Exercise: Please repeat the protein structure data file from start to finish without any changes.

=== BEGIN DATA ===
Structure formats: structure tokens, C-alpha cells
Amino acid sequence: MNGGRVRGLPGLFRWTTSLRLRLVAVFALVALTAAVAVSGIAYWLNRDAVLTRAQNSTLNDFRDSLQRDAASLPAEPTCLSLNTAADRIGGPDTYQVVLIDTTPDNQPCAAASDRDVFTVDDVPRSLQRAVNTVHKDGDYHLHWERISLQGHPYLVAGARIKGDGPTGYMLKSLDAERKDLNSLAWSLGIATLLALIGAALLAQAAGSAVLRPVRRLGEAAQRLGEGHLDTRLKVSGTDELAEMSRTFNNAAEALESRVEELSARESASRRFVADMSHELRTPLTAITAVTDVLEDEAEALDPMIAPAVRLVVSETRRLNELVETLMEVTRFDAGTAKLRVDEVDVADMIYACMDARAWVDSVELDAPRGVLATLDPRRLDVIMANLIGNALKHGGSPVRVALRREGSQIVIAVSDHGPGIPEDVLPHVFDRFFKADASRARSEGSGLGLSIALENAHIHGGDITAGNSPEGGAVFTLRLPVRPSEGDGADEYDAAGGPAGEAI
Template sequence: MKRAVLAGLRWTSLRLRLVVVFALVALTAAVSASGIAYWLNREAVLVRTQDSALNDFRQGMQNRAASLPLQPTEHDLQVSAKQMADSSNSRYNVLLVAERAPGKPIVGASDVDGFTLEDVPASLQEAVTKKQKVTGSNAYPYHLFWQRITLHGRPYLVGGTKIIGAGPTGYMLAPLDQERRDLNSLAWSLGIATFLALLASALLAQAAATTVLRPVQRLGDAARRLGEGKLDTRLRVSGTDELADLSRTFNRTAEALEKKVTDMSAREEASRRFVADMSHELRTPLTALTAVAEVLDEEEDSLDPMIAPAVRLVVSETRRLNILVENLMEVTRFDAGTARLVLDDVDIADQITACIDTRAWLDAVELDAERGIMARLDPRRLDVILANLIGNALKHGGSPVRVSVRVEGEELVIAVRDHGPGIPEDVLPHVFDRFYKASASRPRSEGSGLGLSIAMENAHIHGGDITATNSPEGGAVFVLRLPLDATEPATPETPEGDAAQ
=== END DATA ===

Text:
Structure formats: structure tokens, C-alpha cells
Amino acid sequence: MNGGRVRGLPGLFRWTTSLRLRLVAVFALVALTAAVAVSGIAYWLNRDAVLTRAQNSTLNDFRDSLQRDAASLPAEPTCLSLNTAADRIGGPDTYQVVLIDTTPDNQPCAAASDRDVFTVDDVPRSLQRAVNTVHKDGDYHLHWERISLQGHPYLVAGARIKGDGPTGYMLKSLDAERKDLNSLAWSLGIATLLALIGAALLAQAAGSAVLRPVRRLGEAAQRLGEGHLDTRLKVSGTDELAEMSRTFNNAAEALESRVEELSARESASRRFVADMSHELRTPLTAITAVTDVLEDEAEALDPMIAPAVRLVVSETRRLNELVETLMEVTRFDAGTAKLRVDEVDVADMIYACMDARAWVDSVELDAPRGVLATLDPRRLDVIMANLIGNALKHGGSPVRVALRREGSQIVIAVSDHGPGIPEDVLPHVFDRFFKADASRARSEGSGLGLSIALENAHIHGGDITAGNSPEGGAVFTLRLPVRPSEGDGADEYDAAGGPAGEAI
Template sequence: MKRAVLAGLRWTSLRLRLVVVFALVALTAAVSASGIAYWLNREAVLVRTQDSALNDFRQGMQNRAASLPLQPTEHDLQVSAKQMADSSNSRYNVLLVAERAPGKPIVGASDVDGFTLEDVPASLQEAVTKKQKVTGSNAYPYHLFWQRITLHGRPYLVGGTKIIGAGPTGYMLAPLDQERRDLNSLAWSLGIATFLALLASALLAQAAATTVLRPVQRLGDAARRLGEGKLDTRLRVSGTDELADLSRTFNRTAEALEKKVTDMSAREEASRRFVADMSHELRTPLTALTAVAEVLDEEEDSLDPMIAPAVRLVVSETRRLNILVENLMEVTRFDAGTARLVLDDVDIADQITACIDTRAWLDAVELDAERGIMARLDPRRLDVILANLIGNALKHGGSPVRVSVRVEGEELVIAVRDHGPGIPEDVLPHVFDRFYKASASRPRSEGSGLGLSIAMENAHIHGGDITATNSPEGGAVFVLRLPLDATEPATPETPEGDAAQ